Deadline for Submissions: 31st December, 2021
All submissions and enquiries should be emailed to: email@example.com
Guest Editor: Akosua Keseboa Darkwah
African women have long been noted as active participants in the economic spheres of their respective countries. Across the continent, written records from the nineteenth century, make it clear that women across the continent, especially those in West Africa traded in a variety of items. Survey material from the early twentieth century such as the work of Baumann (1928) also highlights the fact that farming in Africa in general was as much a woman’s as a man’s activity. Other writers such as La Ray Denzer (2005) describe how West African women such as Constance Cummings-John parlayed skills and connections built in their careers as teachers and nurses to enter into politics in colonial West Africa.
Whether as workers in the informal sector or in traditional female occupations in the formal sector, there is a fairly large set of literature on African women as workers from the nineteenth, through the late twentieth-century. What is largely missing from this literature, however, is a critical engagement with the dramatic changes that have radically altered the character of “women’s work” as Africa has itself undergone rapid transformations. Africa’s involvement in contemporary global restructuring began with the adoption of structural adjustment programs in the 1980’s which was followed with political liberalization and multiparty electoral political systems in the 1990s. These transformations have constrained women’s income earning opportunities in a number of ways, but they have also opened up new spaces for women to engage economically. In the immediate aftermath of structural adjustment reforms, retrenchments led to decreased numbers of women in the formal civil service. The growth in the non-traditional sector, especially export agriculture opened up new spaces for women as farmhands on medium and large scale plantations, opportunities that were not necessarily ideal. Additionally, the proportion of women reaching higher levels of education has improved. The numbers of women in professions has therefore grown beyond the few tokens in the past which could therefore potentially change the workplace cultures of these professional groups. Additionally, evidence from Ghana (Darkwah 2010) shows that younger women with higher education have less access to jobs that meet the basic requirements of decent work than their mothers and grandmothers did. This reality presents an opportunity to interrogate the options such women therefore have.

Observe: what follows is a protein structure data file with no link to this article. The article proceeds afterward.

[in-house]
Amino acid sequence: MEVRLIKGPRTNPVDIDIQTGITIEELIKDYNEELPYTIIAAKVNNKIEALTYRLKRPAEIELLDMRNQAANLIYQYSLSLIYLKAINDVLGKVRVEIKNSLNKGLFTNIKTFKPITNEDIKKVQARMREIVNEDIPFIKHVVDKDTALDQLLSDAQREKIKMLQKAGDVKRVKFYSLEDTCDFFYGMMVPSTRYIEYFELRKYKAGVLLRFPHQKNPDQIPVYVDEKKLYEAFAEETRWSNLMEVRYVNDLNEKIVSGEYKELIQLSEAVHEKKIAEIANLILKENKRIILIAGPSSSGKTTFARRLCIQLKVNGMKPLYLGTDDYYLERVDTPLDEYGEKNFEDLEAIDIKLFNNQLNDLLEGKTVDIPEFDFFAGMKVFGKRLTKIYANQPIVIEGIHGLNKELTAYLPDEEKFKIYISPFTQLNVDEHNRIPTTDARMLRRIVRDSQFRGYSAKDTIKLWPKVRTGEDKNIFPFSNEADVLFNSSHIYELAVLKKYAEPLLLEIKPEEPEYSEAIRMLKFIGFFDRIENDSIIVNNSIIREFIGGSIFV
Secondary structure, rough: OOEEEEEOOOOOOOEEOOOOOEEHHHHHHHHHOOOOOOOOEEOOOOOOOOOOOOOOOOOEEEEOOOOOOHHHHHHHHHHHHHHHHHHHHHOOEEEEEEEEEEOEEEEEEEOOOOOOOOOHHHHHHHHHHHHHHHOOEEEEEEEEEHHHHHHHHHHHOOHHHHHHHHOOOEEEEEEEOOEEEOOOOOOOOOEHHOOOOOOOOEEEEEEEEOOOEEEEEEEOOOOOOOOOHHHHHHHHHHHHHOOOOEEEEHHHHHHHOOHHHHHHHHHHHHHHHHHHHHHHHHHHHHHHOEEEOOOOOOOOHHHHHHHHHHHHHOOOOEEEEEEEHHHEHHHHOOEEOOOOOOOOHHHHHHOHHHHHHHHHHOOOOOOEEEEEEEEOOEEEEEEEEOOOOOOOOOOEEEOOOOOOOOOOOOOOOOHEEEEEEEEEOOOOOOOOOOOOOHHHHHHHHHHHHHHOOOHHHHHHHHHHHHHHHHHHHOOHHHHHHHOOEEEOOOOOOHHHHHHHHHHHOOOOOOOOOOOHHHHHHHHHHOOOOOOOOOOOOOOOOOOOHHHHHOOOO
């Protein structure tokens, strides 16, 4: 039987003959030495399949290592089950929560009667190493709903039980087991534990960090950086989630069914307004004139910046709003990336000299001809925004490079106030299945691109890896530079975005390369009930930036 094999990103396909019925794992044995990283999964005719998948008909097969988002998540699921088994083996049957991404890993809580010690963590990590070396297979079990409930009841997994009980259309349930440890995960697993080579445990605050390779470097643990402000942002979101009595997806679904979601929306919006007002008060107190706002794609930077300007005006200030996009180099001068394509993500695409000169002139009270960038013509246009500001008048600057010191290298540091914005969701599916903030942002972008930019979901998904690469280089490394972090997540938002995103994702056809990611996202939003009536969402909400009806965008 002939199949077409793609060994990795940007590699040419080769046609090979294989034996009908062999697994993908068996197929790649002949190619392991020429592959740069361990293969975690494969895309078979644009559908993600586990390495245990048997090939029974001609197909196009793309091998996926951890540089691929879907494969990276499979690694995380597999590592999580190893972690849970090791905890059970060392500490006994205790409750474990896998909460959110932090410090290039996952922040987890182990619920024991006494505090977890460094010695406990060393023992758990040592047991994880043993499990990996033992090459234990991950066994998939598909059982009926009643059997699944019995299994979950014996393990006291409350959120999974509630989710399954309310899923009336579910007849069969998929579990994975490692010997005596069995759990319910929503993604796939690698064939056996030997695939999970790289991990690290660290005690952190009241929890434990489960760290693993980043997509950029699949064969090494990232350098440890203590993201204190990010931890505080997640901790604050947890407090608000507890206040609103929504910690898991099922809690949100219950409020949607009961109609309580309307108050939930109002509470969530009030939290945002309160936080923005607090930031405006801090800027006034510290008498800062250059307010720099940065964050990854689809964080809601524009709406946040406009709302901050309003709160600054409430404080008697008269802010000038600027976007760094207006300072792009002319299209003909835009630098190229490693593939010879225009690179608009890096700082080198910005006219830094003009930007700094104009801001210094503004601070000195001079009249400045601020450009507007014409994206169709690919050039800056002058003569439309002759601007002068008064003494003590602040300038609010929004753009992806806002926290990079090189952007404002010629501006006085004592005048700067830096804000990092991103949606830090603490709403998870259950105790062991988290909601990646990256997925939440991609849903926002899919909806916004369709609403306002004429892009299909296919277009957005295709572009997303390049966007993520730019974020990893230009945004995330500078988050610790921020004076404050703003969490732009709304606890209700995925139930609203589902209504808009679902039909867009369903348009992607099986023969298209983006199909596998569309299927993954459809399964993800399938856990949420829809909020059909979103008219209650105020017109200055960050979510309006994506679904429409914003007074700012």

This special issue of Feminist Africa is devoted to the analysis of the ways in which African women’s lives as workers have been transformed over time. In thinking about transformations, we are interested in a wide range of changes that have occurred over the years including but not limited to changes in labour relations, changes in workplace policies, changes in gender segregation and segmentation in various places of work as well as changes in workplace cultures. We are particularly interested in articles that look at transformations in quintessentially feminine activities such as trading/farming; in male dominated fields such as the military; and how more innovative fields such as information technology might differ. We welcome review essays that seek to theorise these transformations as well as primary research that addresses key debates in the literature and combines critical readings of the available data with qualitative methods to give us insight into various aspects of African women’s lives as workers in the 21st century.
The closing date for full paper submissions is 31st December, 2021.
Direct all enquiries and submissions to: firstname.lastname@example.org.
Articles may be submitted electronically via https://journals.ug.edu.gh/index.php/fa/index
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